Observational targeting using ensemble sensitivity analysis to Improve short-term wind power forecasting in the Mid-Columbia Basin

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Thursday, 27 January 2011: 11:30 AM
Observational targeting using ensemble sensitivity analysis to Improve short-term wind power forecasting in the Mid-Columbia Basin
6A (Washington State Convention Center)
Edward J. Natenberg, MESO, Inc., Troy, NY; and S. Young, G. Van Knowe, J. W. Zack, J. Manobianco, and C. Kamath

The improvement of 1- to 3-hour ahead wind forecasts has the potential to lower the cost of integrating wind power into the electric grid system and reduce the potential impact of occasional extreme wind power variability on grid reliability. One approach to improving short term wind forecasts is to deploy additional atmospheric sensors in the vicinity of the wind power production facilities. However, a significant issue associated with this approach is which locations and variables should be measured to obtain the optimal value from particular sensor deployment scenarios. This issue has been addressed through the use of an ensemble sensitivity analysis (ESA) technique to obtain quantitative information about the impact of variations in the initial conditions on a forecast metric. Climatological forecast sensitivity patterns obtained from the ESA for a particular target location can provide objective guidance for the development of a sensor deployment plan that will have significant impact on the forecasts of the desired parameters.

The specific objective of this project was to test the ESA technique as a tool to identify measurement locations and variables that have the greatest positive impact on the accuracy of wind forecasts in the 1- to 3-hour look-ahead periods for selected wind generation areas in the Mid-Columbia Basin. The ESA for this application was based on the execution of a 48-member Weather Research and Forecast (WRF) model ensemble for a 50-day period over a domain covering the Mid-Columbia Basin and surrounding region of Washington and Oregon. A nested grid configuration with an outer grid resolution of 12 km and an inner grid resolution of 4 km was employed. Observations from rawinsondes, aircraft, and surface-based sensors were assimilated every 6 hours using a square root ensemble Kalman filter (EnKF) with perturbed boundary conditions from the North American Mesoscale (NAM) model.

The sensitivity of the 1- to 3-hour 80-m wind forecasts to a set of initial condition parameters was analyzed for three forecast target areas in the Mid-Columbia Basin region. The study focused on forecast sensitivity during the warm season. Areas of high sensitivity values indicate that a small change in the initial conditions is correlated to a large change in 80-m wind speed over the target region. These areas are good locations for additional observations to improve the short-term forecast of wind speed over the target region. Preliminary sensitivity results show that the magnitude of the wind speed within the target regions of the Mid-Columbia Basin is sensitive to 1- to 3-hour earlier values of the 80-meter wind speed and stability-related parameters along the Columbia River that is co-located with the area of channeled flow. In addition to raw sensitivity results for the period, the frequency of statistically significant sensitivity and the average amount of explained variance for the forecast metric were also examined. The latter parameter appears to be the most useful in identifying locations at which measurements could most significantly benefit short-term forecast performance. A Multiple Observation Optimization Algorithm (MOOA) was developed to find the “optimal combination” of multiple initial condition variable-locations for a specified forecast metric and look-ahead period. The MOOA addresses the issue that the forecast sensitivity among variables and locations is often highly correlated and therefore the greatest benefit to the forecast will be obtained from a set of highly sensitive locations-variables that have the least inter-correlation. The MOOA was used to obtain objective guidance for sensor deployment in three forecast target areas. The conference presentation will highlight the methods and key results of the study.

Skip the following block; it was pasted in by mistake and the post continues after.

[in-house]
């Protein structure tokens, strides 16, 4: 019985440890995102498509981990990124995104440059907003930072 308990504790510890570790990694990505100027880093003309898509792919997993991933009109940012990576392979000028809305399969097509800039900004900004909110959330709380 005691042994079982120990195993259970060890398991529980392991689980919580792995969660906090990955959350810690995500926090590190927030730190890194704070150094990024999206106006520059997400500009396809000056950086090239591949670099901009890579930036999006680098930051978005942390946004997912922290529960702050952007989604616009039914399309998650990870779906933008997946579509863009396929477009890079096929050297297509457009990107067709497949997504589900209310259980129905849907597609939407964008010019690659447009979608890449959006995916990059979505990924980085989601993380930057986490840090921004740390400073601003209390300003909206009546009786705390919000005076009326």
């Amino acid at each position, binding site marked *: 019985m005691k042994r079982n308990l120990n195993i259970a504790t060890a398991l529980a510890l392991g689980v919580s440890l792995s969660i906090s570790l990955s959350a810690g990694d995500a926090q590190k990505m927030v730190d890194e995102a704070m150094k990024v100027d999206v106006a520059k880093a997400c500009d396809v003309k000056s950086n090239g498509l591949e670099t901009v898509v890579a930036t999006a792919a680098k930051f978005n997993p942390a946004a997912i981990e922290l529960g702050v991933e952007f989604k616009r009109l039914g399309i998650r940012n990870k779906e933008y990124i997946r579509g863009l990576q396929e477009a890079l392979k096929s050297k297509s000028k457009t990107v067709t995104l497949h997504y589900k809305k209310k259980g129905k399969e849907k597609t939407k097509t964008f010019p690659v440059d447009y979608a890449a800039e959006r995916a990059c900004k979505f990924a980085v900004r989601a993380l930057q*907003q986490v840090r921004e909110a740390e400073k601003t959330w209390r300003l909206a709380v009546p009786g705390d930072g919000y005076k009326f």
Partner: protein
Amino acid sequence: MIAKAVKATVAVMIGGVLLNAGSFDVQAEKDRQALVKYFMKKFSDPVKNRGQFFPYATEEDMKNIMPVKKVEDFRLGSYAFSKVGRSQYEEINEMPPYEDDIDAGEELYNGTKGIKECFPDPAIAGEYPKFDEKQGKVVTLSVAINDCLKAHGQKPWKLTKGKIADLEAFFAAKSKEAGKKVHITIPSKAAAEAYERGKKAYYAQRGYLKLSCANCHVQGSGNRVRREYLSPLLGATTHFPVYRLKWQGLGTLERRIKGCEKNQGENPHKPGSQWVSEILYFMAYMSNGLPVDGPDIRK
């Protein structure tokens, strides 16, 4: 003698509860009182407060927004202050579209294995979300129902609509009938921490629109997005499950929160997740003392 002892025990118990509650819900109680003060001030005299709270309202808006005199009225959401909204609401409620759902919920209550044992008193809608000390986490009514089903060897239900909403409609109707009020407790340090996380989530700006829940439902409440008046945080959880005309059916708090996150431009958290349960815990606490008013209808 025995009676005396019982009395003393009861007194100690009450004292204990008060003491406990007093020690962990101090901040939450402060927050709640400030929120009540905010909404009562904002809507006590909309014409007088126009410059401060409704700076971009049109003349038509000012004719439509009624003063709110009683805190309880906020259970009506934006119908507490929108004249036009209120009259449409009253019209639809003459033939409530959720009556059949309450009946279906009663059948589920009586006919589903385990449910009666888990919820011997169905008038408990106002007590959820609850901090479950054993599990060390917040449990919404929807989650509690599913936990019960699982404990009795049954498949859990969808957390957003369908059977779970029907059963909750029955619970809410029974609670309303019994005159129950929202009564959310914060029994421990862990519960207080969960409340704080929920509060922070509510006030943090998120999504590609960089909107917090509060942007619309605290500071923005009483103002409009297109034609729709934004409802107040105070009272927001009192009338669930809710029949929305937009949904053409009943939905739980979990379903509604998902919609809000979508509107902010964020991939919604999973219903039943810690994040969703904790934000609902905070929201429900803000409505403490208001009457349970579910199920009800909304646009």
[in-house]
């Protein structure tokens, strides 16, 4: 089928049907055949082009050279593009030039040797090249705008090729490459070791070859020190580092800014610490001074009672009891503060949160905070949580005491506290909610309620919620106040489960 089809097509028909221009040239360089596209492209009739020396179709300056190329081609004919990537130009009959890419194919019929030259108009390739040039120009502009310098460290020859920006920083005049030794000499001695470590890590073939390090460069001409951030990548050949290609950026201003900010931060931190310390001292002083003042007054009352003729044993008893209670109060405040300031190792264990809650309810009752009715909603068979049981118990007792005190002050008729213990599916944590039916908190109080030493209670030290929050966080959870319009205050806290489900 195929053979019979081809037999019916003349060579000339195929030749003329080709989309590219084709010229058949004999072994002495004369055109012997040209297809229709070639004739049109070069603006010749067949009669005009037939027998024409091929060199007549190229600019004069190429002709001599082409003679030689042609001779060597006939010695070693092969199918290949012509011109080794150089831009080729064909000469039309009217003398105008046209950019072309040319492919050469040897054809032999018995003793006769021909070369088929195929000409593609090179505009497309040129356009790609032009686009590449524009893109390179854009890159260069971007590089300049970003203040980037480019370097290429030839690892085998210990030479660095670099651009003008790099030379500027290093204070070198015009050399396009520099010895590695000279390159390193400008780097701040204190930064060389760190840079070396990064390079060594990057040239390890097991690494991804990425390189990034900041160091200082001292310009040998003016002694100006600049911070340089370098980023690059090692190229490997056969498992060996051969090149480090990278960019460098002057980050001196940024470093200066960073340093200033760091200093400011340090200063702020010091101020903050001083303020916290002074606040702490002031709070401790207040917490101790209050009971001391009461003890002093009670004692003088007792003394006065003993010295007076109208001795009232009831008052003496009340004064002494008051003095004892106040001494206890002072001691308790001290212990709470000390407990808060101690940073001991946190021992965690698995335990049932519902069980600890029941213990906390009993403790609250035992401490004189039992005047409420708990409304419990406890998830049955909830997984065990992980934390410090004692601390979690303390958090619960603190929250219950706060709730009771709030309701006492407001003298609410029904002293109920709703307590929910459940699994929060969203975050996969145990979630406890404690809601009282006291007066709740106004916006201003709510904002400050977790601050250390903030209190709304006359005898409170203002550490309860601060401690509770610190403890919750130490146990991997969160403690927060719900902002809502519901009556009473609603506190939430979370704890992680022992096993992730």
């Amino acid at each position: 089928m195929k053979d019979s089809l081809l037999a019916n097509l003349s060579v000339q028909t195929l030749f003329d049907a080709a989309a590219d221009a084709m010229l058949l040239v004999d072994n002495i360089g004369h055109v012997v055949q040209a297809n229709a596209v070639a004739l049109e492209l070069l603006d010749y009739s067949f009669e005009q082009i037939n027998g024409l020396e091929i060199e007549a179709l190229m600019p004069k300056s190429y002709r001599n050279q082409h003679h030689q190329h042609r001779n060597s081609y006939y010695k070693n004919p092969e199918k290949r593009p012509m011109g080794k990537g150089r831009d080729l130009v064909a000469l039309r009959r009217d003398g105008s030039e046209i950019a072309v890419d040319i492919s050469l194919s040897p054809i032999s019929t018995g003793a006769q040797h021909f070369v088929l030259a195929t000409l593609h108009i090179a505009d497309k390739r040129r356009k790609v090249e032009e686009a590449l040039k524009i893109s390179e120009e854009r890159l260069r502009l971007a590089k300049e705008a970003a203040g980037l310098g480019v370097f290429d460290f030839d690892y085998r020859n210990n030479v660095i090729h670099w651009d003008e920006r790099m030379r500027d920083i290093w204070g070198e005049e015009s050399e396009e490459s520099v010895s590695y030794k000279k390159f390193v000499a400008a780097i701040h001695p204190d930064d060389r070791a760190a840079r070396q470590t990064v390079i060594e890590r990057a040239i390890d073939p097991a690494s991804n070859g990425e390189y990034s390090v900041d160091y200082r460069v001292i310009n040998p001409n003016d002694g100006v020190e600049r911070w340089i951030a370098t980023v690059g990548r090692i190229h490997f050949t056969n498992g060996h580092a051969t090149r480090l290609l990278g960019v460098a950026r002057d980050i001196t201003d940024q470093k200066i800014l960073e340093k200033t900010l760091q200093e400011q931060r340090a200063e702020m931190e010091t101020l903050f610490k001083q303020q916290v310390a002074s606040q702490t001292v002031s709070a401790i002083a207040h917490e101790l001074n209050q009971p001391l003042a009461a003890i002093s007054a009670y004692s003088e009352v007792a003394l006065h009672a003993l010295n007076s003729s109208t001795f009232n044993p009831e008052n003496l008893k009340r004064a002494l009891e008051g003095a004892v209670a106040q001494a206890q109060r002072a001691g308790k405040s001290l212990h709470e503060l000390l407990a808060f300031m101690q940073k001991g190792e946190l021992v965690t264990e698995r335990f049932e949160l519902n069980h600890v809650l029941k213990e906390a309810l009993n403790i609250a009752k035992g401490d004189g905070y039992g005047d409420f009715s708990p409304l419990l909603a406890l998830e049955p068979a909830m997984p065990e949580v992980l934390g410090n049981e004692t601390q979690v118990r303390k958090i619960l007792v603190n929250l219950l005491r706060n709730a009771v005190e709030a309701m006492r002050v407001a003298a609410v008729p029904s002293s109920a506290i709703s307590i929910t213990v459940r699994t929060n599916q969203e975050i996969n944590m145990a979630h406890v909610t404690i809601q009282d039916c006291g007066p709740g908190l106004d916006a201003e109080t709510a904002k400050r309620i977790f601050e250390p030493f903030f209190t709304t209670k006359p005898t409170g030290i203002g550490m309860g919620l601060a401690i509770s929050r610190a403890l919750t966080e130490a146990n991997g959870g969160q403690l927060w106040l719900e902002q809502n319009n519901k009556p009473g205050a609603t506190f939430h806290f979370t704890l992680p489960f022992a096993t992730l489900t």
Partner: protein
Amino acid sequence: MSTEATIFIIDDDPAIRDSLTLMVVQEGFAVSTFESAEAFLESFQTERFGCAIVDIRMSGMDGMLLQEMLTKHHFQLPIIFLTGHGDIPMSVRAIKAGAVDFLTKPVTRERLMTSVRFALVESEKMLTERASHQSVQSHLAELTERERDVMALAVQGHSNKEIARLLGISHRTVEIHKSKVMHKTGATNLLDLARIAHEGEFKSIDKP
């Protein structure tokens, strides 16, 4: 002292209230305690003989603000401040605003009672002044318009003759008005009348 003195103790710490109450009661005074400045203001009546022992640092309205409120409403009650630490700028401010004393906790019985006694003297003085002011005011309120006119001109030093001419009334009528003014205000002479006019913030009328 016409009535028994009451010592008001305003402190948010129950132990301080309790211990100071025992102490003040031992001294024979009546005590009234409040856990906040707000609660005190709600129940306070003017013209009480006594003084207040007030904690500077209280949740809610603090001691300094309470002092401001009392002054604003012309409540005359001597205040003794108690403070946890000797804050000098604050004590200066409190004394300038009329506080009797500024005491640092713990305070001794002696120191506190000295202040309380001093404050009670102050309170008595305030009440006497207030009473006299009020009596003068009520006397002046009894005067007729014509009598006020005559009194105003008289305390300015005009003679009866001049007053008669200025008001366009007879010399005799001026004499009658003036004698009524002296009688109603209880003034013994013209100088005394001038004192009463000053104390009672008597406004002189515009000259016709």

LLNL-ABS-448126: This work performed under the auspices of the U.S. Department of Energy by Lawrence Livermore National Laboratory under Contract DE-AC52-07NA27344. The work done by AWS Truepower was supported through sub-contract B584259 on the WindSENSE project.